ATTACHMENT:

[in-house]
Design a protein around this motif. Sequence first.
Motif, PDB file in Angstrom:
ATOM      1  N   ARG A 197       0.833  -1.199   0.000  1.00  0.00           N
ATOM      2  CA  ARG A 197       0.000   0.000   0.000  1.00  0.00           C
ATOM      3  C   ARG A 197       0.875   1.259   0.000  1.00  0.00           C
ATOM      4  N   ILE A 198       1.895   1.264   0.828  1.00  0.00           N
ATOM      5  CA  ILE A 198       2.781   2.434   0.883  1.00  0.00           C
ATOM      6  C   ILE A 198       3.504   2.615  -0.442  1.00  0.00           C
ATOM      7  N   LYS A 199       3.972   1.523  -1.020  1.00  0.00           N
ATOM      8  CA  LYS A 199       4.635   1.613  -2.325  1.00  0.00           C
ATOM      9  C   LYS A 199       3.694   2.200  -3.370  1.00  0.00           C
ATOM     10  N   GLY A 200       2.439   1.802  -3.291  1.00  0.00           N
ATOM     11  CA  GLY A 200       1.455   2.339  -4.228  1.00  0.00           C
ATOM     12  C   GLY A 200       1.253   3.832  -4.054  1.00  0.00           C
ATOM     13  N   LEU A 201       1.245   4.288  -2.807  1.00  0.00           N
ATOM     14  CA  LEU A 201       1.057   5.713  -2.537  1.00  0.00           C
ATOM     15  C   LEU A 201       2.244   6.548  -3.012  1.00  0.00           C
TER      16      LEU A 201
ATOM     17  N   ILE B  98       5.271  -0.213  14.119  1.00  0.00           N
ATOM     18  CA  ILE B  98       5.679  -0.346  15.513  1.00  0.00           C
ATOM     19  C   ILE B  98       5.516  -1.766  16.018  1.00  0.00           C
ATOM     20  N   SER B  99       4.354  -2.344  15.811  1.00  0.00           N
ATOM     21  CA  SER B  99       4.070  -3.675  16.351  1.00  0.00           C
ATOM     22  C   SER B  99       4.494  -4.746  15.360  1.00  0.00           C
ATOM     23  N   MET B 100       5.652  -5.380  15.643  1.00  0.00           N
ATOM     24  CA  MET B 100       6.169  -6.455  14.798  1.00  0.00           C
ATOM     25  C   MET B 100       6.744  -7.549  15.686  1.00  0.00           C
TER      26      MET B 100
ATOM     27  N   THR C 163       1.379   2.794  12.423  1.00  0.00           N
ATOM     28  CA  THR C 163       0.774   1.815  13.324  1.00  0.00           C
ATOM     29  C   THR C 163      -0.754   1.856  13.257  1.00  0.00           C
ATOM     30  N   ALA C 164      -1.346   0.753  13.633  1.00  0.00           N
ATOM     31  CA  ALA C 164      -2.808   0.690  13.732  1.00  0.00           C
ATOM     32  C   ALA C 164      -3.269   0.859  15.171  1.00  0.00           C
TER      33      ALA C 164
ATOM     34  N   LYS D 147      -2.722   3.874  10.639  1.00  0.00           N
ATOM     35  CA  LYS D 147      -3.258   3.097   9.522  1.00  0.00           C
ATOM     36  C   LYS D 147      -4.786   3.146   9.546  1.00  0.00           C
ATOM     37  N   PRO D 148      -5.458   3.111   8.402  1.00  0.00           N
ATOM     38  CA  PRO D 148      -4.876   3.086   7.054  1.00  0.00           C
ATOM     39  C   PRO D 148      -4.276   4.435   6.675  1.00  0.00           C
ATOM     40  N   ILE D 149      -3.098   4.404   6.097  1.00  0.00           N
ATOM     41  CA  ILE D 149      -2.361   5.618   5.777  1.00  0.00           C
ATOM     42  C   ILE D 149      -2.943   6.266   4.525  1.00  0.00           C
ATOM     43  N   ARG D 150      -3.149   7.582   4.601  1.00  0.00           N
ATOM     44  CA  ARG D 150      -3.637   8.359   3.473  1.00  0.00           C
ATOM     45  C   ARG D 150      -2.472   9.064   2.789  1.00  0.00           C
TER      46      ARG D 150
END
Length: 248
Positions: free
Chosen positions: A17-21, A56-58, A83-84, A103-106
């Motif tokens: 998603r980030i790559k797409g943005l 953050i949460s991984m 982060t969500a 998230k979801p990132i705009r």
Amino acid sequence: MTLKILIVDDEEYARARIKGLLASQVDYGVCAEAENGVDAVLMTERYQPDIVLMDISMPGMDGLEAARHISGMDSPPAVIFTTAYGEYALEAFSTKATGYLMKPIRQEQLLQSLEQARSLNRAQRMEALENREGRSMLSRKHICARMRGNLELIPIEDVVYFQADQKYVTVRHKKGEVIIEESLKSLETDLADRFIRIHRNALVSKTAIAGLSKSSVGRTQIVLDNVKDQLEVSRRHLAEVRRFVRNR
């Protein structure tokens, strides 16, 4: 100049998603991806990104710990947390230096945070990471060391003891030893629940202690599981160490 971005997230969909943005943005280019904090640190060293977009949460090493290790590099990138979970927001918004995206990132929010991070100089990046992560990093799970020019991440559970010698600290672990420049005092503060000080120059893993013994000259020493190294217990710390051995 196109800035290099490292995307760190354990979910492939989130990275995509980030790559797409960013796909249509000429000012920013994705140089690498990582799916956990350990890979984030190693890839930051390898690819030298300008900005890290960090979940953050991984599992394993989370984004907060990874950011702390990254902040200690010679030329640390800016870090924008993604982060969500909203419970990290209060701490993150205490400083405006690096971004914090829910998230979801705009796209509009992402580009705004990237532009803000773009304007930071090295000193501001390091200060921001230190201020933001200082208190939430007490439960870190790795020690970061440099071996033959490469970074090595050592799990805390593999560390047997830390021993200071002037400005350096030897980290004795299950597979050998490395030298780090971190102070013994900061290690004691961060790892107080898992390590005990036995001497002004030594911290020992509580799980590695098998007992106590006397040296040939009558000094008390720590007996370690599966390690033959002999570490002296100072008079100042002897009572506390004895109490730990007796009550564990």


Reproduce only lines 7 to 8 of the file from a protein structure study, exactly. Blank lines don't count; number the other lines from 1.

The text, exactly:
ATOM      4  N   ILE A 198       1.895   1.264   0.828  1.00  0.00           N
ATOM      5  CA  ILE A 198       2.781   2.434   0.883  1.00  0.00           C